Photos by: Charlie Homo

The closing nights of the last two Noise Pop festivals have focused not only on musical quality, but on the credo of the more outrageous live performance. See: 2009′s Les Savy Fav antics at the Mezzanine. For 2010, this meant bringing together the harmonious indie rock collective du jour: Edward Sharpe & the Magnetic Zeros.


The former Ima Robot man (Alex Ebert) and his merry bunch have cultivated a significant following over the past year, not just for the appreciation of the songs on 2009′s Up from Below. Although, for my money, “Home” is one of the most genuinely endearing and wonderful songs to have emerged in the past many years, one of the better musical representations of true love, fleeting or not (“Home / Let me come home / Home is whenever I’m with you”).


In fact, the significance of “Home” applies to more than just Ebert and his adorably talented girlfriend, Jade Castrinos, despite the fact that they perform the song as a duet and the song seems to directly revolve around their relationship. The Polyphonic Spree-like collective of the Zeros played together on Sunday at Bimbo’s not just as a seemingly rag-tag group of chums, but as a legitimately gifted, charismatic group of musicians who truly enjoy playing together as friends. As Edward said at one point, “I apologize, we just really really like playing together. Thanks for putting up with us.”


Essentially, Edward Sharpe & the Magnetic Zeros, as long as they are together, are always “home,” no matter where they actually happen to be – and the collective love is palpable. During Sunday’s ruckus, “Home” was performed with absolute certainty, with a joyous grace and explosive energy that was absolutely awe (and “awww”)-inspiring.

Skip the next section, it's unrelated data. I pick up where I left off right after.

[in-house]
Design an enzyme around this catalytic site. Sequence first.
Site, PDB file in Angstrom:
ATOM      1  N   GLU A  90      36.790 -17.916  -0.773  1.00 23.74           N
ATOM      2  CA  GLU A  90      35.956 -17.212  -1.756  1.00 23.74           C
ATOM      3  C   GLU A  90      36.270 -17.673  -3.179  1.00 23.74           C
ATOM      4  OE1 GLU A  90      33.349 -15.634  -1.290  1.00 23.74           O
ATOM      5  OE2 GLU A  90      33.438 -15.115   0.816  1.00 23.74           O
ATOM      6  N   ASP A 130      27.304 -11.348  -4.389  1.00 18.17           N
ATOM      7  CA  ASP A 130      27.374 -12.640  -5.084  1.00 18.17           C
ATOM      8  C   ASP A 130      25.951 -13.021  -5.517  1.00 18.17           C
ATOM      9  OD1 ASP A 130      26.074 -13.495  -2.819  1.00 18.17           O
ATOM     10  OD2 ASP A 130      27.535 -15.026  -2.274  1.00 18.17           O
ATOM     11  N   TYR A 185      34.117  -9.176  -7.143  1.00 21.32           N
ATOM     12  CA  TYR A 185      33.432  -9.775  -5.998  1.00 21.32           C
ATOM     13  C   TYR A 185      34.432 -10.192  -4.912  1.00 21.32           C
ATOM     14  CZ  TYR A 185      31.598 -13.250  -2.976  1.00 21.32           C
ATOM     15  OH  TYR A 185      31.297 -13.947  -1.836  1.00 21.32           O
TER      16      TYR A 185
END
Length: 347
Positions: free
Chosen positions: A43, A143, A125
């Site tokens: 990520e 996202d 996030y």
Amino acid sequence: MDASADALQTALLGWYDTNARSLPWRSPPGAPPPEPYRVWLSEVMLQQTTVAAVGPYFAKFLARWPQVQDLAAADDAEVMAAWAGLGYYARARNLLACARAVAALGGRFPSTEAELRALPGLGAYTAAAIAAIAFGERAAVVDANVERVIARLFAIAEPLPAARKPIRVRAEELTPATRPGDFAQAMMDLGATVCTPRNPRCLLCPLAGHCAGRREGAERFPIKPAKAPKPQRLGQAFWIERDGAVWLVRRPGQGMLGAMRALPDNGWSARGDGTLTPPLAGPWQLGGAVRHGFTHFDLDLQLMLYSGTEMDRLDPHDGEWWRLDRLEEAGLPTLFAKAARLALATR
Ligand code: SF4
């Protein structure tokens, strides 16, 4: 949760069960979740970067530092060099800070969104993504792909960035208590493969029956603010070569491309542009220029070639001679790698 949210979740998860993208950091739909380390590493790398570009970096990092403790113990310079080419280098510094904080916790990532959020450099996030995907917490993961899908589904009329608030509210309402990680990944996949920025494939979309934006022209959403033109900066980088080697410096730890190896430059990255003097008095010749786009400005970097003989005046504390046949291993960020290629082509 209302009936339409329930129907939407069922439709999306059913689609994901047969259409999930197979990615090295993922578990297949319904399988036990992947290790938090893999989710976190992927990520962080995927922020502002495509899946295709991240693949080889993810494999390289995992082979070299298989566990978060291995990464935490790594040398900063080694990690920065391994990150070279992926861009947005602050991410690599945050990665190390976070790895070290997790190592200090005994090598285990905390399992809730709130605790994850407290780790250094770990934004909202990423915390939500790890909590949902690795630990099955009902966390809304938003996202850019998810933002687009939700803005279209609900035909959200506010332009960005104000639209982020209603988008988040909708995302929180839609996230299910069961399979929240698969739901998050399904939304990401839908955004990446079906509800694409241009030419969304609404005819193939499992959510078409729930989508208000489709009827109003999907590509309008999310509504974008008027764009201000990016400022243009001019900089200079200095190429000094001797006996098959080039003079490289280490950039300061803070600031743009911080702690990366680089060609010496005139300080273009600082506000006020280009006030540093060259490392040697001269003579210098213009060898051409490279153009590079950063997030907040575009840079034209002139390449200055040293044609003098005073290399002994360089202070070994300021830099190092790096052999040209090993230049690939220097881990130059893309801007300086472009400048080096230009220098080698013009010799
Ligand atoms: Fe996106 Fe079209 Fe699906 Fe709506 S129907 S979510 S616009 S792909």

Opening the evening was The Northern Key, a local band that just released a self-titled album via Tricycle Records, recorded at Different Fur Studios with Chris Chu (the Morning Benders). The performance, while low-key, was straightforward and lovely – a blend of indie folk and lush musicianship.


We were then presented with recent Wisconsin-Bay Area transplants that are fixing to burst any time soon. AB & and the Sea‘s sunny, vintage surf pop stays directly true to its Beach Boy roots, and is sweet and infectious beyond belief. Frontman Koley O’Brien even dressed the part for the band’s stint on Bimbo’s stage, complete with vintage jean jacket, striped shirt tucked into jeans and 50s greased-up hair. Since other recent performances, AB & the Sea’s staple song (“Yellow Haired Girl”) has been fleshed out and formed into a potentially stellar single, aided by the addition of a keyboard player to the band’s lineup.


The Watson Twins, hailing from Los Angeles, were similar but not the same – same length hair but different texture, same necklines/outfit colors but different clothing, similar but not identical stage movements, jazzy voices that fit perfectly together but are nonetheless distinct. Their music makes for a lovely blend overall, bass-heavy and full of sumptuous harmonies.

Seeing as this sold out quite awhile ago, the packed crowd went wild as Edward Sharpe & the Magnetic Zeros took to the stage. This show was a celebration, a wonderful display of music, friendship, and love. The band managed to close a festival that already thrives on collectivity with a homey, unrestrained performance – inspiring an overall sense of exuberance, from which no one was spared.

Edward Sharpe and the Magnetic Zeros








The Watson Twins



AB & the Sea



The Northern Key

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